Father and Mother raised four children, two sons and two daughters—Willie [James William], Sudie [Martha Susan], Tom Ed [Thomas Edwin], and Iva [Iva Norah]—none of us great but, after the old traditions, home owners, lovers of home and children, who have raised fourteen grandchildren with only one to depart from the Baptist church; and they are all types of good citizenship.  I wish time would permit me to tell the history of our grandchildren, but I must go on to tell of our grandmother and Aunt Frances, on information I learned from my grandmother and her old colored servant. Grandmother [Martha Harris Hunter] was a very domestic, energetic homemaker.  Her old servant said she was a spotless housekeeper and brought up her boys to be clean in person and character.  She had seven sons and her only son‑in‑law to go into Civil War—two sons and the son‑in‑law killed [Leonidas W. Hunter, Baldwin Whitson Hunter, and George Washington Womack].  Five came home and married but with courage to rebuild their home.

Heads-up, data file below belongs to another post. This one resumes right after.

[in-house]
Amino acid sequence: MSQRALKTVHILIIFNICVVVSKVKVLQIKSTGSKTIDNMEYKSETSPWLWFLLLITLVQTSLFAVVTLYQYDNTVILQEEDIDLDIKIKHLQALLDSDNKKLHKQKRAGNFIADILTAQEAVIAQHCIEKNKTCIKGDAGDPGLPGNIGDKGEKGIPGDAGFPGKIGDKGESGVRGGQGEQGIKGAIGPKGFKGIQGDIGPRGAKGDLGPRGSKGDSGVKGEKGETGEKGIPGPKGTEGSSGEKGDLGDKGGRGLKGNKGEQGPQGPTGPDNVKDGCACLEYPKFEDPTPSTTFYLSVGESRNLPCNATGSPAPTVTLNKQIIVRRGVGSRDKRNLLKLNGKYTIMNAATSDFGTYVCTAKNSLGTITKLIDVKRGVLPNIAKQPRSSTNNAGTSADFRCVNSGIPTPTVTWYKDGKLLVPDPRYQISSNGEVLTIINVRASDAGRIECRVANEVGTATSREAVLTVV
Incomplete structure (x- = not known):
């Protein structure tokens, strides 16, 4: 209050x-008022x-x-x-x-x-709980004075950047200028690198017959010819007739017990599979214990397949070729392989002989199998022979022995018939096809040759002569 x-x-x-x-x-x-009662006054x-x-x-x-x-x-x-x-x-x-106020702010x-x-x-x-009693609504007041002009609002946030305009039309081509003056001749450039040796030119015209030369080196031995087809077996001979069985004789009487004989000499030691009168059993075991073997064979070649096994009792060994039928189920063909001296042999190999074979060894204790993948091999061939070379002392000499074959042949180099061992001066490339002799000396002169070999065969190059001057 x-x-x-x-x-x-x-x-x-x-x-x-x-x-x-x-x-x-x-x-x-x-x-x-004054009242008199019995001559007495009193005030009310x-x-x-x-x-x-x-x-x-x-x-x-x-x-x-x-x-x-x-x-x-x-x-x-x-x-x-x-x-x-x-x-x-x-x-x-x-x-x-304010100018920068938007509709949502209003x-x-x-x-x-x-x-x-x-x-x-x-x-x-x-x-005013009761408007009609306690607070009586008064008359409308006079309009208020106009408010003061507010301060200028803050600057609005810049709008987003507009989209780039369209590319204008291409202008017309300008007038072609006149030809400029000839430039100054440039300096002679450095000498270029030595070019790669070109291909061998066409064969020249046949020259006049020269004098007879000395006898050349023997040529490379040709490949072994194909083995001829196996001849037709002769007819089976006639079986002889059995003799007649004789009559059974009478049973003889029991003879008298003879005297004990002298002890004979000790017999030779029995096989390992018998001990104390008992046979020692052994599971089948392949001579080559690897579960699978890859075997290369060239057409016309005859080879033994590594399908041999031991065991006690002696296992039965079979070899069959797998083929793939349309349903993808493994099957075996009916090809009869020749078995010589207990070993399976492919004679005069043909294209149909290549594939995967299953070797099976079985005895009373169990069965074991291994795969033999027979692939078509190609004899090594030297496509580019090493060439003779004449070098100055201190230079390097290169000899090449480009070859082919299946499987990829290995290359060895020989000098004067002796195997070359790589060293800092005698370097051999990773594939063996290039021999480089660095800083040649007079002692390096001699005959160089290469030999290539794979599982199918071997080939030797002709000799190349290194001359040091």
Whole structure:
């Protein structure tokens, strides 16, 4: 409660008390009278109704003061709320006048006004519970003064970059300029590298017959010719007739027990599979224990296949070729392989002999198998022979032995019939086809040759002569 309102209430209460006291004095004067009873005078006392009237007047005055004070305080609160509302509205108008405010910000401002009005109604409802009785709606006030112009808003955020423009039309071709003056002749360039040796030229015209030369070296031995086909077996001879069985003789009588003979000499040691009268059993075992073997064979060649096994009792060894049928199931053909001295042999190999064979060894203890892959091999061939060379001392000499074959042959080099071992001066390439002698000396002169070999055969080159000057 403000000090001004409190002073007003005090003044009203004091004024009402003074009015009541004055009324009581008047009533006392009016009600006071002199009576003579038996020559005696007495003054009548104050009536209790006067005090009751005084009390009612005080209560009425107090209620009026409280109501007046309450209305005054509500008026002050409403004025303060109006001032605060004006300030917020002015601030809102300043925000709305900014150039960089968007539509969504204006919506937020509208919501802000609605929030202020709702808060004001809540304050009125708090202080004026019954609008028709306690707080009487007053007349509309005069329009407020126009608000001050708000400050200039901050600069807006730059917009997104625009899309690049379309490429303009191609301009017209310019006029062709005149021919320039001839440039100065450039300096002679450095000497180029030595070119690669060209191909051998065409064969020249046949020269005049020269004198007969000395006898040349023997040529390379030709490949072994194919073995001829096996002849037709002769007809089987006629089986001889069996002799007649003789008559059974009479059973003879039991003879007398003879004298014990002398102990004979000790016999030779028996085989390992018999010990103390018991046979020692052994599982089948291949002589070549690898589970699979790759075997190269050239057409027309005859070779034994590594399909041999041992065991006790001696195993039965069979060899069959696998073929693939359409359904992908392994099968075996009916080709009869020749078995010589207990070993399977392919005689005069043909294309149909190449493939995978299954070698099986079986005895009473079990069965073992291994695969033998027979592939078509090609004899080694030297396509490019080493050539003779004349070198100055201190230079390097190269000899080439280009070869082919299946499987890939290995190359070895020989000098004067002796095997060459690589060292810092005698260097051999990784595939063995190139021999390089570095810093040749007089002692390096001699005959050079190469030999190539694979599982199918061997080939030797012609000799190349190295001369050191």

Grandmother’s home was broken up, and she made her home with her daughter Frances and helped to care for her five orphan children and three of her son Leonidas’s children.  She was very positive in her thinking and talking.  She, with her daughter Frances Womack, with the help of Silvanus and two sons Pinson Hunter [and Gregory Turner Hunter], raised the seven orphan children to be sober, clean, noble characters. [One of these,] J. A. James Hunter was a Baptist preacher.  He married Miss Rebecca Crow.  They raised two fines sons and two daughters.  A. J. Andrew Womack [Frances’s son] was strictly a Christian moral man, never using any ugly, bad language.  He never used tobacco, never used strong  drink—not even coffee—was clean in mind and person, never looked dressed‑up or dirty except when running his sorghum mill making molasses for the public.  He always wore suits and clothes that his mother made.  He had his first ready‑made suit when he was twenty‑seven years old—when he married Miss Mollie (Mary Jane) Skelton, of a prominent family, in the year 1883, when he built his home and lived sixty years and raised twelve noble children who constituted one of the happiest homes I ever visited. All were around his bedside when he went to meet God at the age of eighty‑eight years.  They were the most congenial, loving old couple I ever knew.